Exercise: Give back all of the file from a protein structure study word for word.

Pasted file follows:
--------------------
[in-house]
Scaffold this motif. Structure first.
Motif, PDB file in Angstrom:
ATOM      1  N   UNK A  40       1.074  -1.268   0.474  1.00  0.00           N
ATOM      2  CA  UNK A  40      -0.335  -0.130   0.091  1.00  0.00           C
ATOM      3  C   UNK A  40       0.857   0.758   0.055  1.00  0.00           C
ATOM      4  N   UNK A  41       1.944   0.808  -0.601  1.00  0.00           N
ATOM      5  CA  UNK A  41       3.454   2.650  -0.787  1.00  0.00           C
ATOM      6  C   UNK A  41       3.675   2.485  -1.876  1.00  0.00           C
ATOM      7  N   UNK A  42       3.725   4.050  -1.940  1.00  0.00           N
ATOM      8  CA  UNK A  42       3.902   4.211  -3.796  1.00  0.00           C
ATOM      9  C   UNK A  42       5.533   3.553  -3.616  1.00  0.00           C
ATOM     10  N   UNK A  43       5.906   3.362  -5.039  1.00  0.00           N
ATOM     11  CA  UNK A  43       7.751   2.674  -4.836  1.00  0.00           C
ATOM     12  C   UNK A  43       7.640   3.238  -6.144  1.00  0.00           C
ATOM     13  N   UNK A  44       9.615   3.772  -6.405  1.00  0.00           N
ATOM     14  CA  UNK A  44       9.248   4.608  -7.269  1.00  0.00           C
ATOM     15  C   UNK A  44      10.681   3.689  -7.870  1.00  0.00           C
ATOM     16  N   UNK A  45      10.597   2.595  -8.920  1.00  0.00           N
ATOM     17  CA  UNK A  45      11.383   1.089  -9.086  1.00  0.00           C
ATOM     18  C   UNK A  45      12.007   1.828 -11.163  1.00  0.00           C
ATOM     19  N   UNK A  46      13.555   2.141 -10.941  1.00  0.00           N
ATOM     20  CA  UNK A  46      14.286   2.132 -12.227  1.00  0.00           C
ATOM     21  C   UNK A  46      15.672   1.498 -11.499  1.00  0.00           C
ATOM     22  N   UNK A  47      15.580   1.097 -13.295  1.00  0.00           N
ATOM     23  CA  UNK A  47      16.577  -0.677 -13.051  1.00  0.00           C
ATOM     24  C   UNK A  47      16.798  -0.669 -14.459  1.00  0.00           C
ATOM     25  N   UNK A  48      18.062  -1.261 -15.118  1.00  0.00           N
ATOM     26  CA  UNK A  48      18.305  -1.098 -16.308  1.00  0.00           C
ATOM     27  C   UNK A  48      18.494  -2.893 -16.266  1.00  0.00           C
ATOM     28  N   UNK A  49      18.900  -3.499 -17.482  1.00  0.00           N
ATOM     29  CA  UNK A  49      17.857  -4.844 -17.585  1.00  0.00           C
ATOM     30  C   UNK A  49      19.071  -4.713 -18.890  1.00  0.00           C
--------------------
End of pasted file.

[in-house]
Scaffold this motif. Structure first.
Motif, PDB file in Angstrom:
ATOM      1  N   UNK A  40       1.074  -1.268   0.474  1.00  0.00           N
ATOM      2  CA  UNK A  40      -0.335  -0.130   0.091  1.00  0.00           C
ATOM      3  C   UNK A  40       0.857   0.758   0.055  1.00  0.00           C
ATOM      4  N   UNK A  41       1.944   0.808  -0.601  1.00  0.00           N
ATOM      5  CA  UNK A  41       3.454   2.650  -0.787  1.00  0.00           C
ATOM      6  C   UNK A  41       3.675   2.485  -1.876  1.00  0.00           C
ATOM      7  N   UNK A  42       3.725   4.050  -1.940  1.00  0.00           N
ATOM      8  CA  UNK A  42       3.902   4.211  -3.796  1.00  0.00           C
ATOM      9  C   UNK A  42       5.533   3.553  -3.616  1.00  0.00           C
ATOM     10  N   UNK A  43       5.906   3.362  -5.039  1.00  0.00           N
ATOM     11  CA  UNK A  43       7.751   2.674  -4.836  1.00  0.00           C
ATOM     12  C   UNK A  43       7.640   3.238  -6.144  1.00  0.00           C
ATOM     13  N   UNK A  44       9.615   3.772  -6.405  1.00  0.00           N
ATOM     14  CA  UNK A  44       9.248   4.608  -7.269  1.00  0.00           C
ATOM     15  C   UNK A  44      10.681   3.689  -7.870  1.00  0.00           C
ATOM     16  N   UNK A  45      10.597   2.595  -8.920  1.00  0.00           N
ATOM     17  CA  UNK A  45      11.383   1.089  -9.086  1.00  0.00           C
ATOM     18  C   UNK A  45      12.007   1.828 -11.163  1.00  0.00           C
ATOM     19  N   UNK A  46      13.555   2.141 -10.941  1.00  0.00           N
ATOM     20  CA  UNK A  46      14.286   2.132 -12.227  1.00  0.00           C
ATOM     21  C   UNK A  46      15.672   1.498 -11.499  1.00  0.00           C
ATOM     22  N   UNK A  47      15.580   1.097 -13.295  1.00  0.00           N
ATOM     23  CA  UNK A  47      16.577  -0.677 -13.051  1.00  0.00           C
ATOM     24  C   UNK A  47      16.798  -0.669 -14.459  1.00  0.00           C
ATOM     25  N   UNK A  48      18.062  -1.261 -15.118  1.00  0.00           N
ATOM     26  CA  UNK A  48      18.305  -1.098 -16.308  1.00  0.00           C
ATOM     27  C   UNK A  48      18.494  -2.893 -16.266  1.00  0.00           C
ATOM     28  N   UNK A  49      18.900  -3.499 -17.482  1.00  0.00           N
ATOM     29  CA  UNK A  49      17.857  -4.844 -17.585  1.00  0.00           C
ATOM     30  C   UNK A  49      19.071  -4.713 -18.890  1.00  0.00           C